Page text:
Brew Biz: Werts and All

Ken Carman is a BJCP judge; homebrewer since 1979, club member at Escambia Bay and Music City Homebrewers, who has been interviewing professional brewers all over the east coast for over 10 years.

Brew Biz is a column written by Ken Carman for Professor Goodales

Davidson Brothers
184 Glen Street
Glens Falls, NY 12801-3526
(518) 743-9026

I have been to Davidsons several times over the years. My brother lives down the road in Hudson Falls. I wish I could say I’ve interviewed the brewer, but seems to me that keeps changing… and at least in one case I’ve been avoided when the brewer found out I’m a writer.

No need to fear when Ken is here, it’s all about the beer.

I remember in the early years, back when Fred Flintstone started the first brewpub called “Brew Rock,” I tried to do a column on Bluegrass Brewing in Louisville, Ky, and the brewer was a friendly sort, until he found out I was a writer. Then it became a bit like trying to nail the contents of a mash tun to the wall. Some folks just hate being interviewed.

So, since I didn’t have time this trip to even be there when brewers are usually around: weekdays, this will be a short Brew Biz. Let’s just say I thought enough of Davidsons I have at least two of their growlers in my collection.

They have a nice outside beer garden that sits mid downtown Glens Falls, yet creates a special space. Being a bit space limited, they seem to have become quite adept at using their space well.

Here you will see some pictures of the inside of the pubs. Yours truly forgot his camera but found these on their Facebook page. One of these pictures is, I’m guessing, from when the pub was built and one is full of folks. It’s a narrow hall with a bar and the brew equipment behind a glass wall. It all reminds me of the old Market Street brewpub in Nashville, TN. I remember the waitresses telling me how hard it was to navigate when they were packed and I imagine Davidsons might be very much like that on a busy day.

Here is the outside of the building with no beer garden. I am assuming this is during construction or when they turned the downtown Glens Falls building into Davidson Brothers in the 90s.

A very interesting study is the Smoked Porter vs. their Oatmeal Stout. I actually found the Porter more like a Stout with a slightly soured taste: ala’ Guinness. Of course the smoke was obvious; more in the nose than the taste. Nice super pillow head that I swear had to have been poured by a Guinness tap, but not. Chewy: almost as if it has oatmeal in it and the odd sense of roasted barley which is more appropriate for Stout.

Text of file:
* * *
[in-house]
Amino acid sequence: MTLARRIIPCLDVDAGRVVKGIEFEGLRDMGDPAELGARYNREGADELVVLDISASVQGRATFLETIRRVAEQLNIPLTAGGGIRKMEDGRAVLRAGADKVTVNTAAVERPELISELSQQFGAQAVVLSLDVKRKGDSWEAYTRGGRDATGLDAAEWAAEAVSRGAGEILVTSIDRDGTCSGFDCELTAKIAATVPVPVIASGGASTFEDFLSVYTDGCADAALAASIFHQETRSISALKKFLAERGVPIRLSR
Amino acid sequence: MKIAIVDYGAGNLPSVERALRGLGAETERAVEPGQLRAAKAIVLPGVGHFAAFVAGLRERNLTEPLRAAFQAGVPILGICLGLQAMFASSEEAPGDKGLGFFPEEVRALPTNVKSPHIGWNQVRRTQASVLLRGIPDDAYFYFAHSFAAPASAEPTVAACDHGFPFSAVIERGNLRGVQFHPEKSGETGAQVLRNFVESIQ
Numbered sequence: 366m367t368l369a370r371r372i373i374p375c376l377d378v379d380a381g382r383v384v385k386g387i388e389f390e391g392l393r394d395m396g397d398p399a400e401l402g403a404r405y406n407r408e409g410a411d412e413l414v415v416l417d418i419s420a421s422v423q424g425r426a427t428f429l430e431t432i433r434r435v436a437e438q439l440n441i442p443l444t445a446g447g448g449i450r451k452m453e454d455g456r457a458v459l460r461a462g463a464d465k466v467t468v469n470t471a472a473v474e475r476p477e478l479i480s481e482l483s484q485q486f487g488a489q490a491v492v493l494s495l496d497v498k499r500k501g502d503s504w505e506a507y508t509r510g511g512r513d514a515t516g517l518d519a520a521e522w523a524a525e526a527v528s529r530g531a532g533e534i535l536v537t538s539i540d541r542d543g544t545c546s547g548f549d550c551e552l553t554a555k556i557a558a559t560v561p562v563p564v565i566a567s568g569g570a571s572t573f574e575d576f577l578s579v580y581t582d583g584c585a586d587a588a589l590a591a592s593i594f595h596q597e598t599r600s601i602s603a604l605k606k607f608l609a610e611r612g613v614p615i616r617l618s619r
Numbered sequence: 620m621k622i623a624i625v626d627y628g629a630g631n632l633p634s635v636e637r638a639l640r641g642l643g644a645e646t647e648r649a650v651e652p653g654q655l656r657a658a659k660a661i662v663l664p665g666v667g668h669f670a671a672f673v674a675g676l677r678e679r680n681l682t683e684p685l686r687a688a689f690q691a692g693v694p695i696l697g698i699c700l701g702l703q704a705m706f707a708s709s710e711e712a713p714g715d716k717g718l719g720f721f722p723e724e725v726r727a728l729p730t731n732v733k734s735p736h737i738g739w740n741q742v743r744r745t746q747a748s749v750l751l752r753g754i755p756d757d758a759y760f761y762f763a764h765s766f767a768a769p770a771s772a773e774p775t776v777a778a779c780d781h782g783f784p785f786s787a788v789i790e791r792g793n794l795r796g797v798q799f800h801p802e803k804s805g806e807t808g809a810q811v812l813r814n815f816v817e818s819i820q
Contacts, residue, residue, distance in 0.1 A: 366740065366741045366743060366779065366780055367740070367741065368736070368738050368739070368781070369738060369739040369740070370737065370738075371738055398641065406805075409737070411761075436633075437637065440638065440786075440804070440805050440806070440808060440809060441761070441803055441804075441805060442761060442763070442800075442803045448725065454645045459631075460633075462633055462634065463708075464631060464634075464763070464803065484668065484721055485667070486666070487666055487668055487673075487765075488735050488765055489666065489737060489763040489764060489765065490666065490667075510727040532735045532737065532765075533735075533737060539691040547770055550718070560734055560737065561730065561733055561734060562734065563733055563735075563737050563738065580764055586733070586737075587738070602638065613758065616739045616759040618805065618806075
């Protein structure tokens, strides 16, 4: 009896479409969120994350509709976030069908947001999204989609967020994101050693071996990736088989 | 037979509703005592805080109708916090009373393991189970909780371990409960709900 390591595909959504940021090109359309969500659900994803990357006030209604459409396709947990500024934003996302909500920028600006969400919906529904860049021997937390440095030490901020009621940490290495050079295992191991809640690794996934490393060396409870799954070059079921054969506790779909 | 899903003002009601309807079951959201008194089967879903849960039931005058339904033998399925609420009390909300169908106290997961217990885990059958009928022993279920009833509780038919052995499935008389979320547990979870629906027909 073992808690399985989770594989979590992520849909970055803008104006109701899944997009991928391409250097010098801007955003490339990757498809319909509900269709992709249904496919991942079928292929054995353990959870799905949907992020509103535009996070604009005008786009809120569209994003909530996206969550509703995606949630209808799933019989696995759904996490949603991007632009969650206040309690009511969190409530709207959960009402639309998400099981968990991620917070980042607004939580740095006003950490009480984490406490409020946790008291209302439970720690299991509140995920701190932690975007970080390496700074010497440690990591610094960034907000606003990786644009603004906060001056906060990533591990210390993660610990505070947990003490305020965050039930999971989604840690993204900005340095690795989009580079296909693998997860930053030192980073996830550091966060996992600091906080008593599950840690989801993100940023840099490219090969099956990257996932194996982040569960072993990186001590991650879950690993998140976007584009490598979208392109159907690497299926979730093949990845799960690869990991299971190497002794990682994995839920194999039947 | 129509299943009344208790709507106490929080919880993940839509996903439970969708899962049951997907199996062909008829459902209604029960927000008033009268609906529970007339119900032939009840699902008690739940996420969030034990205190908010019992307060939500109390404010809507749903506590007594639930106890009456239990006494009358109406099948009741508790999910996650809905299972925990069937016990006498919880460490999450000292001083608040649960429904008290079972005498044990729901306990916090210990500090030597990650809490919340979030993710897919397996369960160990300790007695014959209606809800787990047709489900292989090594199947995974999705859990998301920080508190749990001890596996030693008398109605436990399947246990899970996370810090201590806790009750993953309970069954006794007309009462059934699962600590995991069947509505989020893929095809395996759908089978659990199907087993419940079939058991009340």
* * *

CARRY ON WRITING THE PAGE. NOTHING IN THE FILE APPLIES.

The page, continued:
Where as the Oatmeal Stout did have the aroma of oatmeal, it didn’t have the chewiness or the taste of oatmeal, for the most part. In fact I thought it more Guinness draft like, somewhere between the draft and the Extra. The body pretty light: Guinness tap-like.

Of the two the Porter impressed me the most, whether out of style or not. Proof I’m no one’s style Nazi. If it’s good that’s what counts. Both black as hell. The head was good on the Stout, though not as impressive.

The IPA was just a bit problematic. Hello, where’s the hop nose? Put a hand over the sample, shake, and you’ll get just a hint of grapefruit: Cascade like, yet to the taste it was almost all bitter and a bit much for a classic American. I suggest doing more dry hopping and latter additions. A nice light gold, clarity good. Body just a bit light. Needs balance. And then I caught it: just a hint of phenolics as if the boil should have been longer, or maybe the boil was done with a method that would have simulated a homebrewer leaving the top on the brewpot. No other beer had this, so I don’t think it was the yeast.

Their summer beer was a neat take on an ale that tasted a bit like a nice, cool, classic, summer lager. Their Theatric Ale was even more so: I swear I caught a hint of those Miller corn notes one would expect. Both very light, pale yellow, nice and clear except chill haze. I preferred the first, but that’s would be my taste buds. Lawnmower beer classification, for those who like that classification, or any idiot who would even consider drinking and mowing.

Always looking for the biggest wallop, my greatest disappointment: no high grave kick my buds beer here the day I stopped by. This time of year their absence is not totally unexpected, but I’d love to have them serve some hardcore: even if just with one tap.

Hope to come back and do a brewer profile. I was told his name is “Jason.” One hopes he’s the brave sort. I’m so nasty… Hell no I’m not.

Why do I hope that? Because Davidsons deserves more than just this admittedly limited edition of Brew Biz.

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Brew Biz: Werts and All, is a column dedicated to reviewing, discussing and commenting on all things beer including, but not limited to: marketing, homebrewing and homebrew/beer related events, how society perceives all things beer. Also: reviews of beer related businesses, opinions about trends in the beer business, and all the various homebrew, judging and organizations related to beer. Essentially, all things “beer.”

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Ken Carman and Cartenual Productions
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